One team has three wins over opponents with winning records, two of those from non-BCS conferences, and lost at home to a team that will finish the season with a losing record. The other team knocked off back-to-back Top 10 teams in its last two games and lost to the current No. 3 and No. 24 teams in the polls.
Both teams are 9-2. Which deserves to play in a lucrative BCS bowl? The answer would be obvious in most situations.
Auburn beat Georgia on the road and Alabama at home in its last two games and finished 7-1 in the Southeastern Conference. It lost to No. 3 LSU on the road in overtime. Notre Dame's "signature" win was over four-time loser Michigan. Auburn's strength of schedule is far higher than Notre Dame's.
But we all know what the outcome will be when the two BCS at-large bids are handed out. One will go to Notre Dame. No questions asked.
Why? Because it's Notre Dame.
That's not fair, of course. Never has a team gotten so much credit for a game it almost won as Notre Dame did for losing 31-28 to USC. The Irish leapt into the polls after beating Pittsburgh in their first game, a Pittsburgh that turned out to be woeful.
Didn't matter. It's Notre Dame.
Notre Dame quarterback Brady Quinn has put the Fighting Irish in position for a BCS berth.
There is no question that Notre Dame is the biggest name in college football, no question that its nationwide following is far larger than that of any other school, no doubt that first-year Charlie Weiss has brought an infusion of energy.
But the hard truth is that the two at-large bids should go to Auburn, winner of 23 of its last 25 games, and Ohio State, the Big Ten co-champion. Oregon, at 10-1, seems to have an argument until you look at who it has beaten and discover it has beaten no one of consequence.
Sadly, rewarding the players who have earned those rewards on the field isn't what this is all about. It's about cold, hard cash. An Auburn-Ohio State matchup in the Fiesta Bowl would generate a lot of interest, but not as much as Notre Dame-Ohio State.
That's life in college football's bowl season, and it's really not the fault of the BCS. Notre Dame was the bowls' darling long before the BCS came into existence.
Athletic director Jay Jacobs will do all he can to convince the Fiesta Bowl that Auburn is the best choice, but it would be a major upset if he is successful. Auburn seems destined to spend the holidays in Orlando for a Capital One Bowl matchup against Wisconsin.
On what had to be a maddening weekend for Auburn coaches and players, things almost fell into place for the Tigers.
Arkansas, needing a field goal to beat LSU and send Auburn to play a rematch with Georgia in the SEC Championship Game, was at the LSU 35 in the final minute in Baton Rouge. One run, one incomplete pass, one sack and one interception later, LSU had escaped.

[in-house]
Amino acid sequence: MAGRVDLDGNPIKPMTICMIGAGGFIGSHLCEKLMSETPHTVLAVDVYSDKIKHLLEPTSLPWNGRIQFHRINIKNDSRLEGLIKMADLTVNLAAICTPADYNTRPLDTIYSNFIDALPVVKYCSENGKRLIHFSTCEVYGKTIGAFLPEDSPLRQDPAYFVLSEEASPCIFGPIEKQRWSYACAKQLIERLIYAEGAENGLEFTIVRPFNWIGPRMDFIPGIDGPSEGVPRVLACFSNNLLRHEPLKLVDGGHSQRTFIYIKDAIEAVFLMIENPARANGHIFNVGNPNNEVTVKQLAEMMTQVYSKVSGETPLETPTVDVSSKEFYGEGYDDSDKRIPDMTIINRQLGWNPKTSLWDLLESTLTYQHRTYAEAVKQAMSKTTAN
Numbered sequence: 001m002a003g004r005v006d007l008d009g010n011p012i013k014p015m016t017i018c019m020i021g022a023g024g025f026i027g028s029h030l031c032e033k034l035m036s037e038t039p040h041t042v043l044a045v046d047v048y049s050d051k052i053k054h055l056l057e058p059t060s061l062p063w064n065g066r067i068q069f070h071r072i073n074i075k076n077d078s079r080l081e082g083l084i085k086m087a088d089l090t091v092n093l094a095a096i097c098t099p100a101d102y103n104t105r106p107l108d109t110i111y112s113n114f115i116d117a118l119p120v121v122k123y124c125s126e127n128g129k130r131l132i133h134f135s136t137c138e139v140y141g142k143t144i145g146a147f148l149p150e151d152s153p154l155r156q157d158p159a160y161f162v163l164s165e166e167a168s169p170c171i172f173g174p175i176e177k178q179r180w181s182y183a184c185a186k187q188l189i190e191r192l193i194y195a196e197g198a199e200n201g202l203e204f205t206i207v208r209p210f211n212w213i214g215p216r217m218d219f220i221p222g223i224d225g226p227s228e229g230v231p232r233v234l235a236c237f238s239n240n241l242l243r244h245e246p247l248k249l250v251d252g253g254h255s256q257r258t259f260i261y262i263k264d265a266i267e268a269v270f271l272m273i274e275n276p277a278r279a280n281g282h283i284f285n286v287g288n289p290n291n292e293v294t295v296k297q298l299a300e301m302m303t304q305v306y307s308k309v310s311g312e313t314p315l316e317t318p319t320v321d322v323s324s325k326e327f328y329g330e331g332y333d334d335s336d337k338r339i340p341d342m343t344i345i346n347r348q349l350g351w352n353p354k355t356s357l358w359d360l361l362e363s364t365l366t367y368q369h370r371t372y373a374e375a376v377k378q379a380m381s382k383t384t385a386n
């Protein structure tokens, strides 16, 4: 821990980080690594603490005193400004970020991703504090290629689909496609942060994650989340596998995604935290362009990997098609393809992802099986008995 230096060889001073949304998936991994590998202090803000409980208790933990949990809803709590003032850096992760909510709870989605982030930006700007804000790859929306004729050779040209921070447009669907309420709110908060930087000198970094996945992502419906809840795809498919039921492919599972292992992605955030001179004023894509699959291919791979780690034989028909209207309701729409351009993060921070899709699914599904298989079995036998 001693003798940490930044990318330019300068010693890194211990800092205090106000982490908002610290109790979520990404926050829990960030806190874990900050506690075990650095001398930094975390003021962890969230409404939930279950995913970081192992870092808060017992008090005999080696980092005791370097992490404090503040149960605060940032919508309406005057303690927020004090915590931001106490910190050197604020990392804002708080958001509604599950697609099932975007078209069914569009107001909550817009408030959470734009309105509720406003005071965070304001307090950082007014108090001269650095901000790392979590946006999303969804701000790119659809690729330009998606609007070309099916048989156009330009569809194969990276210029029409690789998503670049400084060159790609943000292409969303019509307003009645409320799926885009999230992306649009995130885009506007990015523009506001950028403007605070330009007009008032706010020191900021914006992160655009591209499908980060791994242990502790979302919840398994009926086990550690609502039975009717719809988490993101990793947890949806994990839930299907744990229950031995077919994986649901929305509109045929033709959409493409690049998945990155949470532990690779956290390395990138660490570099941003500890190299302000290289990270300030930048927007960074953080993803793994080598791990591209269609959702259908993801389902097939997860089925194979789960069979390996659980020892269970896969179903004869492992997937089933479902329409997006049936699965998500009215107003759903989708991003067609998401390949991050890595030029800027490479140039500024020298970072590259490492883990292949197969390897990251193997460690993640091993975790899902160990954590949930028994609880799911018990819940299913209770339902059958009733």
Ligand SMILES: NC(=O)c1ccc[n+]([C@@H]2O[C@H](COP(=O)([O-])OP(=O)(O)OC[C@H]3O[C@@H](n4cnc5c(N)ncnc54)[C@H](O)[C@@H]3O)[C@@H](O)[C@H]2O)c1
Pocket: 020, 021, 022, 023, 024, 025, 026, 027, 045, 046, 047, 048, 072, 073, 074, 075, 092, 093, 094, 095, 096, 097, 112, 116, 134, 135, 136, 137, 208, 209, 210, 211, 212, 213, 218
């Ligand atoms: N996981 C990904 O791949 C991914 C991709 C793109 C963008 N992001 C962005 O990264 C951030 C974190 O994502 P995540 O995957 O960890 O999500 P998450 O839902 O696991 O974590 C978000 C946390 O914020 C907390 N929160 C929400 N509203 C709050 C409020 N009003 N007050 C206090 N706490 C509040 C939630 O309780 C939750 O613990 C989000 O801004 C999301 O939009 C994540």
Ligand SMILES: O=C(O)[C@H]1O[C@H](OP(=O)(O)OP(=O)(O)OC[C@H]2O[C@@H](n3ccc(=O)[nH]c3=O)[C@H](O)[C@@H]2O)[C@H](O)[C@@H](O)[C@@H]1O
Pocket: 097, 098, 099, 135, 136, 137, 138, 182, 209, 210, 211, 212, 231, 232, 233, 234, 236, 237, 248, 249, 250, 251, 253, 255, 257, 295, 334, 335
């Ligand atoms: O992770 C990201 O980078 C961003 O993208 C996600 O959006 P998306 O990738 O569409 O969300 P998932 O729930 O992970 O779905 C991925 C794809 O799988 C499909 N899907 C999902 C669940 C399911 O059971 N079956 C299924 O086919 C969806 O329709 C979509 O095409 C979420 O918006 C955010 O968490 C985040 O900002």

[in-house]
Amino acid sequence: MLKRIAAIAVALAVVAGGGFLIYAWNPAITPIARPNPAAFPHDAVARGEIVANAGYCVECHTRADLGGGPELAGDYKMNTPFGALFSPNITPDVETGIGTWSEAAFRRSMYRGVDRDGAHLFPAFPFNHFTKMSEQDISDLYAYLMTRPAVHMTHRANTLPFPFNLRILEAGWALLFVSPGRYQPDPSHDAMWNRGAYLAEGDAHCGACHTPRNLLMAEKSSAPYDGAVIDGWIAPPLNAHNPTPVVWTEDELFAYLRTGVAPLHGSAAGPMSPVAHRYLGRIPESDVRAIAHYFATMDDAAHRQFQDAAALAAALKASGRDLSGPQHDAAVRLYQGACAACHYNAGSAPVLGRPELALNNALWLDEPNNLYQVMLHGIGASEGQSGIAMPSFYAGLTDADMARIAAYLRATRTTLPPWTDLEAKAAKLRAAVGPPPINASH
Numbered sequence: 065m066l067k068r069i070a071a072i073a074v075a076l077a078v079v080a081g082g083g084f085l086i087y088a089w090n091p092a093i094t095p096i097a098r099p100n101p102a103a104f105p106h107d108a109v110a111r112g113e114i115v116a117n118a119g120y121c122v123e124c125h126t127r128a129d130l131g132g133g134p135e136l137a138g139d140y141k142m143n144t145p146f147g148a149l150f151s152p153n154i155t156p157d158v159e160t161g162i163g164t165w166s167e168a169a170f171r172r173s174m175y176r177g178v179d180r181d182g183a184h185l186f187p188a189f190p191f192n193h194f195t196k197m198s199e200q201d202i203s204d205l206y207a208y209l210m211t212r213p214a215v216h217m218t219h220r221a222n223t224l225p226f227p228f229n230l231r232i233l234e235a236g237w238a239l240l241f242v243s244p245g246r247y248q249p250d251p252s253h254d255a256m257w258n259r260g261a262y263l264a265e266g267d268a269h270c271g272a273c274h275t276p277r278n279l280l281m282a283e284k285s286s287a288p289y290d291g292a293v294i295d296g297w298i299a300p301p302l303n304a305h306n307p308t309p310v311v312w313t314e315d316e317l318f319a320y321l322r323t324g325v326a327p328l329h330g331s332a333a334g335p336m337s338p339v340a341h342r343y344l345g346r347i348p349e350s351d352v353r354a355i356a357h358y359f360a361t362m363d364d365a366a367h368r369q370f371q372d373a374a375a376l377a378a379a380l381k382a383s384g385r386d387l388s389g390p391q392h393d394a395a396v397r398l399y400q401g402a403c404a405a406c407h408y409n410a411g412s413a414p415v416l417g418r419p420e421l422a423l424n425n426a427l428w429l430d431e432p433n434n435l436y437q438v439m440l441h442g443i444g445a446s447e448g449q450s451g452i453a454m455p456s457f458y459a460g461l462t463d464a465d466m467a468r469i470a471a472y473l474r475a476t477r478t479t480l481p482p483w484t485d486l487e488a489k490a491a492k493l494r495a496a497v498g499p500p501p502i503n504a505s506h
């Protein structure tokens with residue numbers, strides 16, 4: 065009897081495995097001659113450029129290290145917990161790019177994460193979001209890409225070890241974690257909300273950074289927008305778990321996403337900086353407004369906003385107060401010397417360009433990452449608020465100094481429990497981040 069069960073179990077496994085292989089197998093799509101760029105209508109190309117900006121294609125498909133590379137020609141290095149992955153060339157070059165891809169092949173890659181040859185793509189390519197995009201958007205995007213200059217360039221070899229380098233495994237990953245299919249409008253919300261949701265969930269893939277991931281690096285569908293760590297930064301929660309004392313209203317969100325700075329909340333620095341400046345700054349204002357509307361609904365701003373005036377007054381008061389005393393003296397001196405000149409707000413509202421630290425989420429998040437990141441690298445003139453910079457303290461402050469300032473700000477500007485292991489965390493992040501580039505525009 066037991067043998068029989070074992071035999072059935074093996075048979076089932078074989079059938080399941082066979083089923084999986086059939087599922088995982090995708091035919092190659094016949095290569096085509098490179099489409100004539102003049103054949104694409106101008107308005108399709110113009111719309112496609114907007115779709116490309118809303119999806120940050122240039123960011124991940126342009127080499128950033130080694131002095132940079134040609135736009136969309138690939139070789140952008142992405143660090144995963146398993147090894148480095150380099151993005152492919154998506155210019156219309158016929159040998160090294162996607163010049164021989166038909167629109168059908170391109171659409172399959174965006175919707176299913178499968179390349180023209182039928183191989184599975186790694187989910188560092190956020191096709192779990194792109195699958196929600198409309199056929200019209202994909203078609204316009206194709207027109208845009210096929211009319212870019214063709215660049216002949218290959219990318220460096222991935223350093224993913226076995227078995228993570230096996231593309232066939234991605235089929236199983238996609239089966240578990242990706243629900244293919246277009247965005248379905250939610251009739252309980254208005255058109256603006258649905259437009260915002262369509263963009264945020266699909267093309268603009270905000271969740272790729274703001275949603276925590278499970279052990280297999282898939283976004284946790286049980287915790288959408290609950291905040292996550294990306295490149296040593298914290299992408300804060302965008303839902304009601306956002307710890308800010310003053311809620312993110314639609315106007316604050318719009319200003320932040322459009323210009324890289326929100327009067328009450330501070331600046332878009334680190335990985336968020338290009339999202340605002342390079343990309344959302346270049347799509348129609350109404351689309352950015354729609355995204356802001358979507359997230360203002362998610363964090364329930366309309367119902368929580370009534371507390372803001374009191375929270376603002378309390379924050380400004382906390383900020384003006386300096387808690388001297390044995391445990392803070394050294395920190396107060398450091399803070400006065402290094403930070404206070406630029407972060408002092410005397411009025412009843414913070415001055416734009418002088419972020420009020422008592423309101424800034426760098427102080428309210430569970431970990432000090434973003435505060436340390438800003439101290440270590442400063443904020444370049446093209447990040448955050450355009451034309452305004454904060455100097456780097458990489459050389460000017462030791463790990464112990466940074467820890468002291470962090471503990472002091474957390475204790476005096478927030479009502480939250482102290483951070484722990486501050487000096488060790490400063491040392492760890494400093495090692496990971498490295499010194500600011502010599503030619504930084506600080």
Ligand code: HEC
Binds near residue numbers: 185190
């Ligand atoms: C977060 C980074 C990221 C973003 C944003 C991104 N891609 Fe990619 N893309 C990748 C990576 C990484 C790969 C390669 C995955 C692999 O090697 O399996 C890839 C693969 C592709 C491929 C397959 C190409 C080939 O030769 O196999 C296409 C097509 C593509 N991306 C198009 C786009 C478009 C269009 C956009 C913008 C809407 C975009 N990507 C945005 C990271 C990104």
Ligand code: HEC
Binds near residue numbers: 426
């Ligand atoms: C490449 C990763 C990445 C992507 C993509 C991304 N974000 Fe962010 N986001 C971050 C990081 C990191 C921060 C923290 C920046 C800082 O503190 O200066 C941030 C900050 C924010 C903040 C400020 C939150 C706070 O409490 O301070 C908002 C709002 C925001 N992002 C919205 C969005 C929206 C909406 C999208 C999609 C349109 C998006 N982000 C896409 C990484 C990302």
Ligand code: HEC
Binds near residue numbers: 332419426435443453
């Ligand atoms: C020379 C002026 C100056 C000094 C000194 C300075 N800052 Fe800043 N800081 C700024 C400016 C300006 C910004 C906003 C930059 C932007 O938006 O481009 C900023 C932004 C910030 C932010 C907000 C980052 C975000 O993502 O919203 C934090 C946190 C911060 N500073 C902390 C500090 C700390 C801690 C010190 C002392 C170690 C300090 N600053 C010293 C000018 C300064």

No one can say LSU hasn't earned its spot in next Saturday's game, but the Bayou Bengals must have been carrying around a load of horseshoes. They beat Auburn 20-17 in overtime when John Vaughn missed five field goals. They beat Arkansas 19-17 when the Razorbacks missed two chip shots. On top of that, the winning points came courtesy of a safety on a bad snap.
Nevertheless, LSU has won nine straight games. First-year coach Les Miles, though, needs to stop saying LSU would be unbeaten if it had not blown a 21-0 lead against Tennessee. Far more ifs went LSU's way than against it. LSU had six games--Arizona State, Tennessee, Auburn, Alabama, Florida and Arkansas--that could have gone either way. It won five of them, largely because of events over which it had no control. Sometimes things just go your way.
Far to the west Saturday night, Stanford scored with less than two minutes left to take a 31-30 lead over Notre Dame. A Cardinal victory would have ejected the Irish from BCS consideration and certainly would have enhanced Auburn's chances.
It didn't happen. It took Notre Dame less than a minute to score and lock up its $14 million payday.
Life isn't always fair.
By any measure, this has been an Auburn season to remember. A win over Wisconsin would mean a 10-2 record and a lofty national ranking. Of the three SEC teams that have gone 13-0, Auburn would be the first one to lose fewer than three games in the season that followed.
Regardless of what happens in the bowl game, Auburn is almost certain to go into next season ranked in the Top 10. These are good days for Auburn football.
For what it's worth, here's my guess at the bowl destinations for SEC teams:
Sugar Bowl: Georgia/LSU vs. West Virginia; Capital One Bowl: Auburn vs. Wisconsin; Outback Bowl: South Carolina vs. Michigan; Cotton Bowl: Alabama vs. Texas Tech; Peach Bowl: Georgia/LSU vs. Florida State or Boston College; Independence Bowl: Florida vs. Iowa State ...
First-year coach Ed Orgeron hit town talking a good game. A 3-8 record says more than words ever could...
For all the glowing talk about the strength of the Atlantic Coast Conference, the league isn't looking so hot down the stretch. That Florida State, outscored 69-21 in its last two games, is going to the championship game has to be a bit embarrassing. The ACC had two shots at the SEC on Saturday and lost them both...
Until next time...